Summer is traditionally a time for football transfers. It’s when clubs strengthen and make the necessary adjustments to their squads ahead of a new season and it’s a period of excitement and fresh hope for fanbases. But how does this process work from behind the scenes? What must a club do when signing a player in order to register the new arrival with LaLiga? What is involved in the Economic Control and Squad Cost Limit rules that have been approved in LaLiga?
Here comes a look at how the LaLiga transfer market works from within.
Economic Control is a regulatory framework that was self-imposed by the LaLiga clubs and SADs (public limited companies), launched in 2013 with the clear objective of guaranteeing the sustainability of the competition and of the clubs themselves through financial review. This framework applies in the top tier, which is LaLiga Santander, and in Spain’s second division of LaLiga SmartBank too, so all participating clubs must abide by the same rules. LaLiga’s Economic Control is preventative and coexists alongside retrospective measures such as UEFA’s Financial Fair Play. The clubs know how much they can spend in advance, making it easier to stay within the limits and preventing the creation of unsustainable debt. Looking at the five major European leagues, this measure differentiates LaLiga from the others when it comes to the transfer market.
When making signings, one of the pillars of Economic Control is particularly important, that of the Squad Cost Limit (SCL). This is, in other words, the amount that each club can spend on their squad. It should be noted that the squad is made up of Registrable and Non-Registrable parts. The Registrable squad refers to the players with shirt numbers 1 to 25, the head coach, assistant coach, fitness coach and other coaches with similar roles. However, there are also players who aren’t assigned to a particular squad of the club or some who have already departed but who still account for a cost (such as a compensation). So, the Non-Registrable squad encompasses the other players and coaches at the club.
This framework isn’t only concerned with the salaries of these professionals, but with various other factors too, such as variable payments, image rights payments, agent fees, amortisation of transfer rights, loans costs, social security contributions, compensations, 25% of the purchase option price (when it’s quite likely to be carried out), license fees and other remunerations. As such, any new player a club wishes to register must fit within the club’s SCL.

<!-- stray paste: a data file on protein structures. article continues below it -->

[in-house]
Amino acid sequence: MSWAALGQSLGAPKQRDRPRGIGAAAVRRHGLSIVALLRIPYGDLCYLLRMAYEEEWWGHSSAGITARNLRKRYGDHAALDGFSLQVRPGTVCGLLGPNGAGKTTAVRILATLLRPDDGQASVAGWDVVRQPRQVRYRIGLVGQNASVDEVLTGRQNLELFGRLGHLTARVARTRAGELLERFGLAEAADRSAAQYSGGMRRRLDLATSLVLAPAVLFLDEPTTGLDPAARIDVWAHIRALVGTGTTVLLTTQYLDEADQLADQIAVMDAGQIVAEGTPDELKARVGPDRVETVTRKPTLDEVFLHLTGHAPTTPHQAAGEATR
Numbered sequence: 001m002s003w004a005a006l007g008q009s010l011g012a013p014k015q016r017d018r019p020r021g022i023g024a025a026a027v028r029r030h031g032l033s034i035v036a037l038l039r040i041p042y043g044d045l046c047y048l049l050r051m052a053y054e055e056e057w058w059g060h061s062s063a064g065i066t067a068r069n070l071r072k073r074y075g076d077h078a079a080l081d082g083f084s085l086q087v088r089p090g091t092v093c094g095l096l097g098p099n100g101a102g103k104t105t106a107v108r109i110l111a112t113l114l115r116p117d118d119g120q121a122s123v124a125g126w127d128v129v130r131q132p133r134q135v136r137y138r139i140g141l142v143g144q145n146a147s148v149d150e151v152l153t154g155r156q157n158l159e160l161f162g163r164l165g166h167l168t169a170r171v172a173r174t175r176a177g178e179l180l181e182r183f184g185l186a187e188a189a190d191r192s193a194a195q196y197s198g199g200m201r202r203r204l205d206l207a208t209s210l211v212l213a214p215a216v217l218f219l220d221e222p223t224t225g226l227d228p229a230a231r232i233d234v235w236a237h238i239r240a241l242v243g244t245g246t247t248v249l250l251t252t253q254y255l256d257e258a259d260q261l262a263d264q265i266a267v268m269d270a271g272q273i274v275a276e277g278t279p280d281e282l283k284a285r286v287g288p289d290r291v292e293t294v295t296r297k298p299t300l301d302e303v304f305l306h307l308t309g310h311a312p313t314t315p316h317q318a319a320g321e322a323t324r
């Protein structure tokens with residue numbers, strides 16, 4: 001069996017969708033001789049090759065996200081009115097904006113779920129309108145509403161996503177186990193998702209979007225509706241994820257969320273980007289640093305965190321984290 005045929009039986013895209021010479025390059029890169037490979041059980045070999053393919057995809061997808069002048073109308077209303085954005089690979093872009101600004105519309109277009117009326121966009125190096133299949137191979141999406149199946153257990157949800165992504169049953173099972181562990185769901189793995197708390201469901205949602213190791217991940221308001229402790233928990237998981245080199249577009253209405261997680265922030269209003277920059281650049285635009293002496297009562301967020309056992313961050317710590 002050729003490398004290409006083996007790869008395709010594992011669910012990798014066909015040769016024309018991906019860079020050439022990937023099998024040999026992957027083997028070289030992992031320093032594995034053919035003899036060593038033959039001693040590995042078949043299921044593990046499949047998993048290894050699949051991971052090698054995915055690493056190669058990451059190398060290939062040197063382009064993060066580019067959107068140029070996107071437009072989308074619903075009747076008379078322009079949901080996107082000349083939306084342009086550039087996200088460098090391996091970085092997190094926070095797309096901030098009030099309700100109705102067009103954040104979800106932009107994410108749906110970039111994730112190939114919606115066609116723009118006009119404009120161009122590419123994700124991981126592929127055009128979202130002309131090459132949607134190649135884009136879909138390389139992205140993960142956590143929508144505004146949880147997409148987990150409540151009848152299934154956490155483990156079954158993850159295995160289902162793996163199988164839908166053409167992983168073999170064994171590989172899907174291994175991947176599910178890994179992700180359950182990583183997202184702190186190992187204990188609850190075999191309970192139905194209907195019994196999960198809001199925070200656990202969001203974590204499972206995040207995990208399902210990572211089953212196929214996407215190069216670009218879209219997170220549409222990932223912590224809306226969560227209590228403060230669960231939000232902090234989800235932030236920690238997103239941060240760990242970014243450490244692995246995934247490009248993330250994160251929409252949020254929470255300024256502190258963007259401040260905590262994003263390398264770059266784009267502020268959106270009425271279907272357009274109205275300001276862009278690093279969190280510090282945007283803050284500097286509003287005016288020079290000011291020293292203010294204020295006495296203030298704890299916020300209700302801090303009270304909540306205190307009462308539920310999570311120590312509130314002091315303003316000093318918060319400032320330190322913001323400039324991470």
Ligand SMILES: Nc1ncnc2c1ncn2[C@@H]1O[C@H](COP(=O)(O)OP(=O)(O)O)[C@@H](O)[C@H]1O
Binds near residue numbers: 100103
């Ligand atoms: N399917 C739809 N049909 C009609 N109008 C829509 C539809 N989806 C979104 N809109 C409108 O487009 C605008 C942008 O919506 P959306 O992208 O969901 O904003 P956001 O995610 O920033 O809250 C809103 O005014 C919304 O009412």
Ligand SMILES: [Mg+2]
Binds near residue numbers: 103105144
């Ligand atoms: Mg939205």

Looking at all the factors that make up the SCL, the limit for each club corresponds to a simple equation: budgeted non-sporting expenses are subtracted from the budgeted revenues, taking also into account the debt repayments, as well as the losses to be recovered. The remaining sum is the SCL of the club in question.
When a club or SAD signs a new player they send all the documentation to LaLiga, who will authorise or reject the registration of the player, based on the rules and on the SCL at the date of the application. There is a Valuation Body that, using reports from independent experts and following the rules set out in the policy framework, can revise any particular operation, for example, to ensure that a deal is in line with market values and/or economic trends. This guarantees that all registrations of players by LaLiga clubs are in line with Economic Control. Only in this way can it be ensured that all of the teams are competing with the same rules and that there is no form of financial doping. Above all, this ensures the sustainable growth of LaLiga clubs.
The application of Economic Control in LaLiga and the responsibility of the clubs have already produced undoubted benefits. From 2014/15 to 2019/20, the combined equity of clubs rose by 250%. Meanwhile, debt owed to public bodies has gone down from €650m in 2013 (the majority overdue) to just €17m in 2021 (all up to date). Furthermore, complaints from players over non-payment have fallen drastically, from €89m worth in 2011 to €1.5m worth in 2021, with most of the current objections stemming from conflicting interpretations of criteria, rather than unsubstantiated failures to pay.
In the time since the introduction of Economic Control, the positive off-the-pitch results have been accompanied with success on the field of play, as 17 of the past 26 European titles in this time have been won by Spanish sides. All players who ply their trade in LaLiga know that they are in a competition that is very strong in a sporting sense and, at the same time, stable financially. That is a double achievement, one that is even more impressive in the recent times of the COVID-19 crisis.
Which bodies play a role in establishing the SCL?
When a club or SAD sends the documentation for a new player, the managing body of LaLiga’s Economic Control is in charge of authorising the registration request. Furthermore, LaLiga is also responsible for approving the SCL of each club. In order to make these decisions, there are some specialised bodies and tools that act as guarantors of the just compliance with the rules. There is a team of analysts in the Economic Control department at LaLiga, there is a Validation Body and there are technological appliances (software, BI&A, AI, etc). Nothing is left to chance.
This is all done to reassure clubs that the rules are being followed to the letter. To provide further guarantees, there is auditing of data and the compilation of independent expert reports. In the case of any discrepancy, it is possible to go to the Financial Supervision Committee of LaLiga’s Economic Control, to a UEFA Appeals Committee (RFEF – Spanish Federation) or to the ordinary courts.